Of course, Baltimore faced left-handed pitchers in three of those four games. Six of the eight games in which Kim hasn’t appeared as a starter were against left-handers. The Orioles are seemingly convinced that Kim is incapable of playing against left-handed pitching. This strikes me as odd. In his nine full seasons with the Doosan Bears in the Korean Baseball Organization, Kim played in 96.7% of his team’s regular season games — 1,130 out of a possible 1,168 games. In those nine seasons, he tallied a .406 OBP. Now, I don’t claim to be a KBO expert, but this seems like a promising indication of Kim’s ability to handle the duties of a full-time role.

This isn’t just hearsay. While there doesn’t seem to be a publicly available record of Kim’s career splits in the KBO, the website Statiz (graciously translated for me by Hardball Times writer Sung-Min Kim) has at least tracked such splits since 2014. The numbers there indicate that, in 2014 and 2015, Kim hit .353/.438/.503 in 372 plate appearances against left-handed pitching. That’s very, very good!!! Like, good enough that it should have bought him more than 23 measly PA against lefties here stateside last season.

Nevertheless, the Orioles seem determined not play him against left-handed starters. This significantly reduces his utility to their team given all the current AL East southpaw starting pitchers — a list that includes J.A. Happ and Francisco Liriano on Toronto; Drew Pomeranz, David Price, Eduardo Rodriguez, and Chris Sale in Boston; Jordan Montgomery and CC Sabathia in New York; and Blake Snell in Tampa Bay. That’s nine left-handed starting pitchers in their own division — eight, if you don’t think Price will pitch this season. Baltimore has already faced Happ twice, and they sat Kim both times. It doesn’t seem likely that they’ll ever let him prove he can hit lefties.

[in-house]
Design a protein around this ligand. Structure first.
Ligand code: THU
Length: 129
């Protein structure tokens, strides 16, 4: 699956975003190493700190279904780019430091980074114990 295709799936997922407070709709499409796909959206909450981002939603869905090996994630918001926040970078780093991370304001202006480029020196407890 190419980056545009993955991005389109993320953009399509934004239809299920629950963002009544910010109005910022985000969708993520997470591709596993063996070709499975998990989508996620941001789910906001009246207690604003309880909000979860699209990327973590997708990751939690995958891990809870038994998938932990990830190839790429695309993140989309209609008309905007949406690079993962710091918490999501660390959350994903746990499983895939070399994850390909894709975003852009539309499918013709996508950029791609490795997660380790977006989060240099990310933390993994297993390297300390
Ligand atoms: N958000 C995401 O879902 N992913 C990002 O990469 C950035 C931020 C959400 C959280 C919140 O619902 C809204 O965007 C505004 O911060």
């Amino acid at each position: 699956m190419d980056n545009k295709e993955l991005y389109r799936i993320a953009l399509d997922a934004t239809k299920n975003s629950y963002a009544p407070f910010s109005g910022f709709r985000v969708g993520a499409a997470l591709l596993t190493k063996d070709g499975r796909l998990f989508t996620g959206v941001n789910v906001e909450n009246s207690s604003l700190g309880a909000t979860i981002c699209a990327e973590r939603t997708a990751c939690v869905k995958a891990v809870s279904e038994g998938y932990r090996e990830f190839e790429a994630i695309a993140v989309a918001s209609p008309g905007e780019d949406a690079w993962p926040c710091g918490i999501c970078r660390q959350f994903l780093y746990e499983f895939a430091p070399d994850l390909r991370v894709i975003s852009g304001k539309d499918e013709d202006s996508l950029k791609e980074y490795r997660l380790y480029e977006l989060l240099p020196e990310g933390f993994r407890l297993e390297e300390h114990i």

This might be fine, if they were giving him all the playing time versus righties. But they’re not! He sat against Bronson Arroyo and Steven Wright, and he’s been replaced for defense in five of the six games he’s started. That’s because the Orioles are also convinced that he’s such a horrifying defensive liability that he can’t be trusted in the field. Of course, they could play Mark Trumbo in left and let Kim DH — Trumbo had better defensive metrics than Kim in more outfield innings last season — but they’re not doing that, either. The result is that a player who was in the top 20 in OBP last season has only played one complete game this season.

So, why keep Kim on the roster? Left fielders who can post such high OBPs are in short supply these days. And it’s not as if Kim’s performance was branded a fluke by projection systems. Our depth charts had him at .361 before the season, and that hasn’t changed much with his slow start. (Perhaps he’s pressing since he can’t even get all of the starts against right-handed pitching?) His rest-of-season depth charts OBP is .358. That has value. Value that perhaps the Orioles could turn into the fifth starter they so desperately need. Or perhaps another solid reliever, if it turns out that Zach Britton is going to miss an extended period of time.

The bottom line is this: Hyun Soo Kim has done nothing to tarnish his reputation as a very good hitter. Not in Korea, not in the United States. But the Orioles don’t trust him, and have only allowed him to tally 22 PA over the team’s first 14 games. Anyone would be more valuable to the Orioles than a player only trusted to tally 22 PA over 14 games — a figure that’s less than half of what the team’s regular starters have accumulated thus far. If Baltimore is not going to play him, then it’s time to use him as a trade chip, and get a player they will use. It’s time to free Hyun Soo Kim!

Paul Swydan used to be the managing editor of The Hardball Times, a writer and editor for FanGraphs and a writer for and The Boston Globe. Now, he owns The Silver Unicorn Bookstore, an independent bookstore in Acton, Mass. Follow him on Twitter @Swydan. Follow the store @SilUnicornActon.

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7 years ago

“I’ll take it!”

“Hello, Giants? I have something you may want…”

7 years ago
Reply to  tb3nn3tt

I was thinking this (or something like it) had to happen, until Bumgarner wrecked his shoulder. Don’t know it makes as much sense to pay in-season prices for a left fielder now, though.